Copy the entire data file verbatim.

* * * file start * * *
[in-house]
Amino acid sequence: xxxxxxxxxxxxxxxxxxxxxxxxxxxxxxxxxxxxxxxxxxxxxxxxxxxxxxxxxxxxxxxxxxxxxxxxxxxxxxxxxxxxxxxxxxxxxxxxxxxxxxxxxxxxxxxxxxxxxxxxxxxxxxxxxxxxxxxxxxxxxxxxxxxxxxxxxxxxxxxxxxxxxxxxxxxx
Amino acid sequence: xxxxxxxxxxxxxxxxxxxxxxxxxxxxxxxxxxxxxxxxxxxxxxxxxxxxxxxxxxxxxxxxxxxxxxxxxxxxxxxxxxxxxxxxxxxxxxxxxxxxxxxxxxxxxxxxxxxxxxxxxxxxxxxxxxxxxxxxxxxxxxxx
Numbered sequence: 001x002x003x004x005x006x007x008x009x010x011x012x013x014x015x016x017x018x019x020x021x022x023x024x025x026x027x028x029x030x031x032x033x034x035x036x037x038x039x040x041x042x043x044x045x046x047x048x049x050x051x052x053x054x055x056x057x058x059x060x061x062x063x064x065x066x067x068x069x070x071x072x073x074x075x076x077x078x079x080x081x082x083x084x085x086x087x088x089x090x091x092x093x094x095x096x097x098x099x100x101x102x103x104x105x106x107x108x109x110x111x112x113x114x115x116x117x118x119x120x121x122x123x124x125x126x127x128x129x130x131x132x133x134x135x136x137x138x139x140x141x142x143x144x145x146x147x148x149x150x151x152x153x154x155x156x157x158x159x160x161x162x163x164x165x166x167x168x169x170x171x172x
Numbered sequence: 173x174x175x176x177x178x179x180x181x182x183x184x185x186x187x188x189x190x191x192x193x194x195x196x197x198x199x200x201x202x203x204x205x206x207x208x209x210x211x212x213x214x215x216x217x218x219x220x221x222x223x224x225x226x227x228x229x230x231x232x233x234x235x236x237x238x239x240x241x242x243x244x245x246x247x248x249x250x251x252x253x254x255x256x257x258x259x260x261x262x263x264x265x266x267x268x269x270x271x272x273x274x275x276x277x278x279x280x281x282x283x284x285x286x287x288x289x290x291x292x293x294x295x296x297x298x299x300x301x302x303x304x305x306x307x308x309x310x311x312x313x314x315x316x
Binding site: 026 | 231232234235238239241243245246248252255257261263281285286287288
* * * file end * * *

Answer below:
[in-house]
Amino acid sequence: xxxxxxxxxxxxxxxxxxxxxxxxxxxxxxxxxxxxxxxxxxxxxxxxxxxxxxxxxxxxxxxxxxxxxxxxxxxxxxxxxxxxxxxxxxxxxxxxxxxxxxxxxxxxxxxxxxxxxxxxxxxxxxxxxxxxxxxxxxxxxxxxxxxxxxxxxxxxxxxxxxxxxxxxxxxx
Amino acid sequence: xxxxxxxxxxxxxxxxxxxxxxxxxxxxxxxxxxxxxxxxxxxxxxxxxxxxxxxxxxxxxxxxxxxxxxxxxxxxxxxxxxxxxxxxxxxxxxxxxxxxxxxxxxxxxxxxxxxxxxxxxxxxxxxxxxxxxxxxxxxxxxxx
Numbered sequence: 001x002x003x004x005x006x007x008x009x010x011x012x013x014x015x016x017x018x019x020x021x022x023x024x025x026x027x028x029x030x031x032x033x034x035x036x037x038x039x040x041x042x043x044x045x046x047x048x049x050x051x052x053x054x055x056x057x058x059x060x061x062x063x064x065x066x067x068x069x070x071x072x073x074x075x076x077x078x079x080x081x082x083x084x085x086x087x088x089x090x091x092x093x094x095x096x097x098x099x100x101x102x103x104x105x106x107x108x109x110x111x112x113x114x115x116x117x118x119x120x121x122x123x124x125x126x127x128x129x130x131x132x133x134x135x136x137x138x139x140x141x142x143x144x145x146x147x148x149x150x151x152x153x154x155x156x157x158x159x160x161x162x163x164x165x166x167x168x169x170x171x172x
Numbered sequence: 173x174x175x176x177x178x179x180x181x182x183x184x185x186x187x188x189x190x191x192x193x194x195x196x197x198x199x200x201x202x203x204x205x206x207x208x209x210x211x212x213x214x215x216x217x218x219x220x221x222x223x224x225x226x227x228x229x230x231x232x233x234x235x236x237x238x239x240x241x242x243x244x245x246x247x248x249x250x251x252x253x254x255x256x257x258x259x260x261x262x263x264x265x266x267x268x269x270x271x272x273x274x275x276x277x278x279x280x281x282x283x284x285x286x287x288x289x290x291x292x293x294x295x296x297x298x299x300x301x302x303x304x305x306x307x308x309x310x311x312x313x314x315x316x
Binding site: 026 | 231232234235238239241243245246248252255257261263281285286287288